5 More Ancient Tactics For Modern Combat

As the political situation in the United States (and really the Western world on the whole) continues to deteriorate, and street fighting paramilitary groups have begun to affect political change through violence, I feel that it is prudent for all of us to learn how to fight, not only individually but in hand to hand units as well. And, several months ago, I did give you an introduction to a few tactics for street fighting.

But, as any classicist knows, our forefathers had just as much tactical diversity as the military strategists of today. And so, bearing in mind that I do not condone using these tactics for purposes of aggression, here are a few more hand-to-hand tactics that were used by ancient warriors, and still are used by riot police today:

1. The Inverted Wedge

The flying wedge discussed in the first article, of course, is a formation in which the unit forms a metaphorical “spearhead” to penetrate into the enemy’s lines. The inverted wedge is essentially the exact opposite of that: two units stand abreast from each other, and successive units extend from behind those first two, culminating in a point—in other words, you march as V with the “opening” of the V going towards the enemy.

This formation is very useful for encircling some sort of tactical objective ie: enemy combatants, as famously shown at the Battle of Cannae.

You can combine the inverted wedge with…

2. Kettling

Kettling, also known as corraling, is a tactic often used by police to control large crowds. Essentially, it involves a large cordon of officers who surround the enemy combatant, and then move towards each other or in a given direction, pushing the crowd to whatever place the police want them to go.

Bear in mind that this tactic requires you to have a large manpower advantage over your opponents—but also remember that a mere manpower advantage does not guarantee victory if you are all running about willy-nilly

3. The Testudo

Recalling the shield wall from the first article as the most basic ancient infantry tactic, the testudo, created by our friends in Ancient Rome, represents the inevitable evolution of it.

Begin by forming a shield wall (tower shields work best), and then have a back rank of people place their shields over the heads of themselves and the people in front of them.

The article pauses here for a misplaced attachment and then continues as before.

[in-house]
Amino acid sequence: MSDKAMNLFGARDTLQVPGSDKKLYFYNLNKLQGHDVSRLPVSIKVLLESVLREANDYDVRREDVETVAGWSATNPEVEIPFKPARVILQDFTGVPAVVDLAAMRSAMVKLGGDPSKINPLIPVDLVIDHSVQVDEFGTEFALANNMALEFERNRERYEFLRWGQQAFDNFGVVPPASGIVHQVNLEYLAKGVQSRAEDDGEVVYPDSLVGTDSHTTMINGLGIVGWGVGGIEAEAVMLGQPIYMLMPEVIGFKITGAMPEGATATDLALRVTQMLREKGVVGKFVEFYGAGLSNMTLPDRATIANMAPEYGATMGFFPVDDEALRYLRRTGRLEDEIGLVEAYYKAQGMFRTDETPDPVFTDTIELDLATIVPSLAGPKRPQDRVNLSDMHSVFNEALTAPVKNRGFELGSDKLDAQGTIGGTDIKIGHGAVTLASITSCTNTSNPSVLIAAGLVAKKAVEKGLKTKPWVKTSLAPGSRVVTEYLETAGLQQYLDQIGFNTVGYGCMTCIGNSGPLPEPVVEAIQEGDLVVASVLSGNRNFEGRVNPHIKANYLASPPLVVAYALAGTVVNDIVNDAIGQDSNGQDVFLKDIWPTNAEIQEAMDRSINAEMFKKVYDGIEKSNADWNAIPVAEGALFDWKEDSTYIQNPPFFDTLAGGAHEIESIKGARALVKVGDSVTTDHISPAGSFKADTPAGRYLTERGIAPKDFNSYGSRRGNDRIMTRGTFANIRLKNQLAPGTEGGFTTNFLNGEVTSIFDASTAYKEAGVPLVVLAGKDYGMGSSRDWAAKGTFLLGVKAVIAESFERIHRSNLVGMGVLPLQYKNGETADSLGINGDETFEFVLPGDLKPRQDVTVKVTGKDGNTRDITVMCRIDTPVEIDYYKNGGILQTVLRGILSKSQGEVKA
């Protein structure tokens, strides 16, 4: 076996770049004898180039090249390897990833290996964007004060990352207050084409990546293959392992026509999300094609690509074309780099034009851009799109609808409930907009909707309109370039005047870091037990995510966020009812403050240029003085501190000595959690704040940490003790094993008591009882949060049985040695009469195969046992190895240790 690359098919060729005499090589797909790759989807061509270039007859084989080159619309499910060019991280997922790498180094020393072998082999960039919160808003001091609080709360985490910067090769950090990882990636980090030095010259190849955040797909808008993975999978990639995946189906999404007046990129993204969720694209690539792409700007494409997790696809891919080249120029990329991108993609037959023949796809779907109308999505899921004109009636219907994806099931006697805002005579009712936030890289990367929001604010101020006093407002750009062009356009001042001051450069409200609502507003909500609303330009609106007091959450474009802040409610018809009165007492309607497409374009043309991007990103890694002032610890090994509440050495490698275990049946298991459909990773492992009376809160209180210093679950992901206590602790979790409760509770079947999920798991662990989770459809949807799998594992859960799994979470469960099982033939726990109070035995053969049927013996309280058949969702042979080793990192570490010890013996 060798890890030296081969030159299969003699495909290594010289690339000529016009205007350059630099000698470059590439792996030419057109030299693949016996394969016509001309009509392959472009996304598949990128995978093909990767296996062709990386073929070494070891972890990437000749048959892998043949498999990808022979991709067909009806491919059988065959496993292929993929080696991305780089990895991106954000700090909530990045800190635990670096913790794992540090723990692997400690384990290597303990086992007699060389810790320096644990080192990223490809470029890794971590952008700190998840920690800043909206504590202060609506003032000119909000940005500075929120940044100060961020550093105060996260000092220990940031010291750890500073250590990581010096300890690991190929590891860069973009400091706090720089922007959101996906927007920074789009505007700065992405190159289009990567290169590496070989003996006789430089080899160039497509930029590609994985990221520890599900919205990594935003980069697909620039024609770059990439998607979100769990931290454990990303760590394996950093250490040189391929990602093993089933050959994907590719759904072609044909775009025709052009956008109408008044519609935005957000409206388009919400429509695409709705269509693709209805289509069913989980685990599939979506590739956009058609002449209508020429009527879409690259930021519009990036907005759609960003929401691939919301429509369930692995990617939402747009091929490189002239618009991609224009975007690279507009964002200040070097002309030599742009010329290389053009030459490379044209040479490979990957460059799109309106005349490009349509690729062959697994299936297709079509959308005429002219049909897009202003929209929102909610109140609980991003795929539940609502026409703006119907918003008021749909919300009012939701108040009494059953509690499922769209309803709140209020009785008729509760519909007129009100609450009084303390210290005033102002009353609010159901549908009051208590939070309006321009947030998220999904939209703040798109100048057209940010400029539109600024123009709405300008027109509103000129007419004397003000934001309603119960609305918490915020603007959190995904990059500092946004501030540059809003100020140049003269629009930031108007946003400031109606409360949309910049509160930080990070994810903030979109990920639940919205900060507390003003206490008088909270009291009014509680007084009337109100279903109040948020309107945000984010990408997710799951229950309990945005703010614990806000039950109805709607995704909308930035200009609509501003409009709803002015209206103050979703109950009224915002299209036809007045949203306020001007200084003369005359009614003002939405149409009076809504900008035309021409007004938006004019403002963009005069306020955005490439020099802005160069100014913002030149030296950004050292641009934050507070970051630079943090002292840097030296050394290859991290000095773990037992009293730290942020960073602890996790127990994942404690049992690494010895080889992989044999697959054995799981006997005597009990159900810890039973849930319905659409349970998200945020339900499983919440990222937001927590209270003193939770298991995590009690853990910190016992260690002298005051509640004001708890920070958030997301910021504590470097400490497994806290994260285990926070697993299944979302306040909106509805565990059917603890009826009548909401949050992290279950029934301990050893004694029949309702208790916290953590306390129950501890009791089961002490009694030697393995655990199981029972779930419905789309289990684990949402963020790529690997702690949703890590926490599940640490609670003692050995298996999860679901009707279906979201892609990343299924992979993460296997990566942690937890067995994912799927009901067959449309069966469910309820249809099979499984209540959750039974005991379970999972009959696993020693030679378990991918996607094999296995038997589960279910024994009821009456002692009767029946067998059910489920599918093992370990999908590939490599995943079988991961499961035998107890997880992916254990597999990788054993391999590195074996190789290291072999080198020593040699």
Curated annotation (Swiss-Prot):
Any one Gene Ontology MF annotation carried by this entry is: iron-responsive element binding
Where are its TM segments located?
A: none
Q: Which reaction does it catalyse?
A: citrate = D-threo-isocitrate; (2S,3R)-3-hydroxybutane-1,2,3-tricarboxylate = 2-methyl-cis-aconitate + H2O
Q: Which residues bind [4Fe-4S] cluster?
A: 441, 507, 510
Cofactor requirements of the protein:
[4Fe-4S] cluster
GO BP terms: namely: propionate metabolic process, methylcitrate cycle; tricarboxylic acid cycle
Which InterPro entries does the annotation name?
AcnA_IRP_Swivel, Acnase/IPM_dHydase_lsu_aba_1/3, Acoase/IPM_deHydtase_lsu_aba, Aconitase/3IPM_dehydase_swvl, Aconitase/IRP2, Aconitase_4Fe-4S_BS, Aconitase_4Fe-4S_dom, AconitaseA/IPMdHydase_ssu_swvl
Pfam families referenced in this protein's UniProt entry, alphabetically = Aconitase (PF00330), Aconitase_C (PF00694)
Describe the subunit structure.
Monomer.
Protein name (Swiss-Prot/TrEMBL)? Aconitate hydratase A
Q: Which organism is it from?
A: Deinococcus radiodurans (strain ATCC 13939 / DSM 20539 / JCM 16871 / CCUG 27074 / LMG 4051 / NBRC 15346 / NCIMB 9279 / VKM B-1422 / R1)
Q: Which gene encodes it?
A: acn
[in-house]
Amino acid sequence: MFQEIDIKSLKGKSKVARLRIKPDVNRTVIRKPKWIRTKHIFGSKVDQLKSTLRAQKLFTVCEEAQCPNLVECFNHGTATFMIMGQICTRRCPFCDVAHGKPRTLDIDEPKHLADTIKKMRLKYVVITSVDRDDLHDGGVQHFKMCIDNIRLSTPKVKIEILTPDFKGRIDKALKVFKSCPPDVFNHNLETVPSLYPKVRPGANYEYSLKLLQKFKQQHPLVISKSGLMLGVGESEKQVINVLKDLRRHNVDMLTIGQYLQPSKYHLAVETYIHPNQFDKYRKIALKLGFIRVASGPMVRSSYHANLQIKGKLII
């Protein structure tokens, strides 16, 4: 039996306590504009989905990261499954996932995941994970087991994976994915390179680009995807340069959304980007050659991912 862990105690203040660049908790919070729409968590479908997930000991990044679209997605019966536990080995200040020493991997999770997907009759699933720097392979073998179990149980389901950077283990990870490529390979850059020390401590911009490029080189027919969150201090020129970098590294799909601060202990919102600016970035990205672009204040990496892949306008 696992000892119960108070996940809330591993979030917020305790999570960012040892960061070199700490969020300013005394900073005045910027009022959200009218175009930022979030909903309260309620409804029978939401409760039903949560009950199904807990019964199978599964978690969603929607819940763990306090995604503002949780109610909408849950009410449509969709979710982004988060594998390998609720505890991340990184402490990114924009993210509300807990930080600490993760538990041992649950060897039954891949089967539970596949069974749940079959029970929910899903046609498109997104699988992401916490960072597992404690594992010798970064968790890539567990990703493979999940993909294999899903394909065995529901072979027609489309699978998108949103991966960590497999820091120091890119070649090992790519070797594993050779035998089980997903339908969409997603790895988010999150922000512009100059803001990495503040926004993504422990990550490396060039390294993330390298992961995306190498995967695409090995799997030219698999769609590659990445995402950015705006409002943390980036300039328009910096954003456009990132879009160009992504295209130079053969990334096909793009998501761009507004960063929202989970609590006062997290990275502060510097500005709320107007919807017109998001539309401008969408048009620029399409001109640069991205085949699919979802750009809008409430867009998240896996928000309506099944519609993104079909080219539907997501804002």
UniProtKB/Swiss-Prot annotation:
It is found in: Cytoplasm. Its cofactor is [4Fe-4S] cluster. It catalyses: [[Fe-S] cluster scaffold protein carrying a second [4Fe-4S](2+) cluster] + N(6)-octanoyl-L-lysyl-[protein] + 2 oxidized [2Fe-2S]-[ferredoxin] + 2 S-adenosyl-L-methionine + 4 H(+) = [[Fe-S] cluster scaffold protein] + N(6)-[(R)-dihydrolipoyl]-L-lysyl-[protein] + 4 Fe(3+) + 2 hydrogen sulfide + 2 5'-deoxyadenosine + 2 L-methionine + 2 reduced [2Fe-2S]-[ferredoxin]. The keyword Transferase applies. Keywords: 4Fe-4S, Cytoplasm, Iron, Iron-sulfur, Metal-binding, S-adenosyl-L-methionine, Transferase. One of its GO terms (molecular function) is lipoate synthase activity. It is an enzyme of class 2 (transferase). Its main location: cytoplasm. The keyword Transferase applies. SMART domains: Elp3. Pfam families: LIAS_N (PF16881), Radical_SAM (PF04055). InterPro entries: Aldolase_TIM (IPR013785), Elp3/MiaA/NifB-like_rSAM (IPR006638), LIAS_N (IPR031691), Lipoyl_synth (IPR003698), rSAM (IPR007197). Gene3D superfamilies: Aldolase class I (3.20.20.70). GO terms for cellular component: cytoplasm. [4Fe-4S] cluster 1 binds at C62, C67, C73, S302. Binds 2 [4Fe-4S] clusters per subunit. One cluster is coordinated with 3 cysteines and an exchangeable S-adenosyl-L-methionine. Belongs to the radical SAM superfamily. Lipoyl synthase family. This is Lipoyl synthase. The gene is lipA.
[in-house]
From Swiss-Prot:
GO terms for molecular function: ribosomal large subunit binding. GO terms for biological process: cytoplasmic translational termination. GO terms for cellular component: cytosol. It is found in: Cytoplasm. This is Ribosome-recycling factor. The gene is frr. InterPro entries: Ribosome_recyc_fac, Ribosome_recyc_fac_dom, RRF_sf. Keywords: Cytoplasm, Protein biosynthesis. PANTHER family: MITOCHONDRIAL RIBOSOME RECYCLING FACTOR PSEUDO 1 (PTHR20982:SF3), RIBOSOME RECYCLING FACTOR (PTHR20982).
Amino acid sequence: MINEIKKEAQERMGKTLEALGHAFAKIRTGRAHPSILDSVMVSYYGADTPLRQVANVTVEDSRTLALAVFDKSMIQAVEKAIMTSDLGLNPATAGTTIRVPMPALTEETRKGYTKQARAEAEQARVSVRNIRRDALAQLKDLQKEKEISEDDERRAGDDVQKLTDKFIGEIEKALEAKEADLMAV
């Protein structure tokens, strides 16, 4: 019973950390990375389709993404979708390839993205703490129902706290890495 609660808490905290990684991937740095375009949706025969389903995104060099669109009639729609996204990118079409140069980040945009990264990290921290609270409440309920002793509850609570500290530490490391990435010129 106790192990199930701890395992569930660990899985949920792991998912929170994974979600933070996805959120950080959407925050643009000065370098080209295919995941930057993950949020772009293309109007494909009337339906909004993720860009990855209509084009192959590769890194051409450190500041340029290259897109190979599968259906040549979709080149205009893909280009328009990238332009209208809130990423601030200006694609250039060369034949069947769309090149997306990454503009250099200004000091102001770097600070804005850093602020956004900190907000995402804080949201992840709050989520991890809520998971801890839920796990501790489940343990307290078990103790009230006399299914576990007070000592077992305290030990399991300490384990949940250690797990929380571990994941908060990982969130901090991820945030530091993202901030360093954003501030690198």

As you can imagine, this is largely a defensive formation—the positions of both ranks makes movement slow and cumbersome, and as I highly advise NOT to use spears, none of the ranks can really attack the enemy either.

I would recommend training this in conjunction with the shield wall: train to form this formation quickly to protect yourselves from projectiles, and then decamp to go on the attack. A failure to do this quickly led the Romans to several defeats, most notably the Battle of Carrhae in which they were pinned down by a combination of cavalry and archers in this formation and gradually worn down.

4. The Hollow Square

The hollow square is, again, vaguely similar to the shield wall and the testudo, with the main difference being that ranks of fighters form the shield wall in all directions, forming a square with an empty space in the middle.

This may be a bit difficult to visualize, so here is a picture:

The Battle of Waterloo. Note the bottom left corner, the British have formed a hollow square.

The hollow square in the middle can be utilized for a variety of purposes, such as auxiliary fighters, reserves, or logistical support—i.e.: medical providers, or people you are seeking to protect. And of course, you can combine the hollow square with the shield wall for added protection.

This tactic was on the cutting edge of military strategy from the Classical Era until the American Civil War, so it would behoove you to learn it.

5. The Human Wave

And of course, when all else fails, you can just form all of your men into a great thundering herd of humanity and point them at the enemy, with naught but elan and whatever weapons they’re armed with, in the hopes of overwhelming the enemy before they have time to hunker down and prepare for you.

As you might have elucidated from that paragraph, I wince whenever I hear of some military commander referring to “elan” or “esprit de corps”, because it’s inevitably being used in the context of “tactics, logistics, and strategy  being REPLACED by elan”. Many who have read military histories feel the same way, and from what I have gathered, those who are or have been in the military are likely to feel even stronger about this than I do.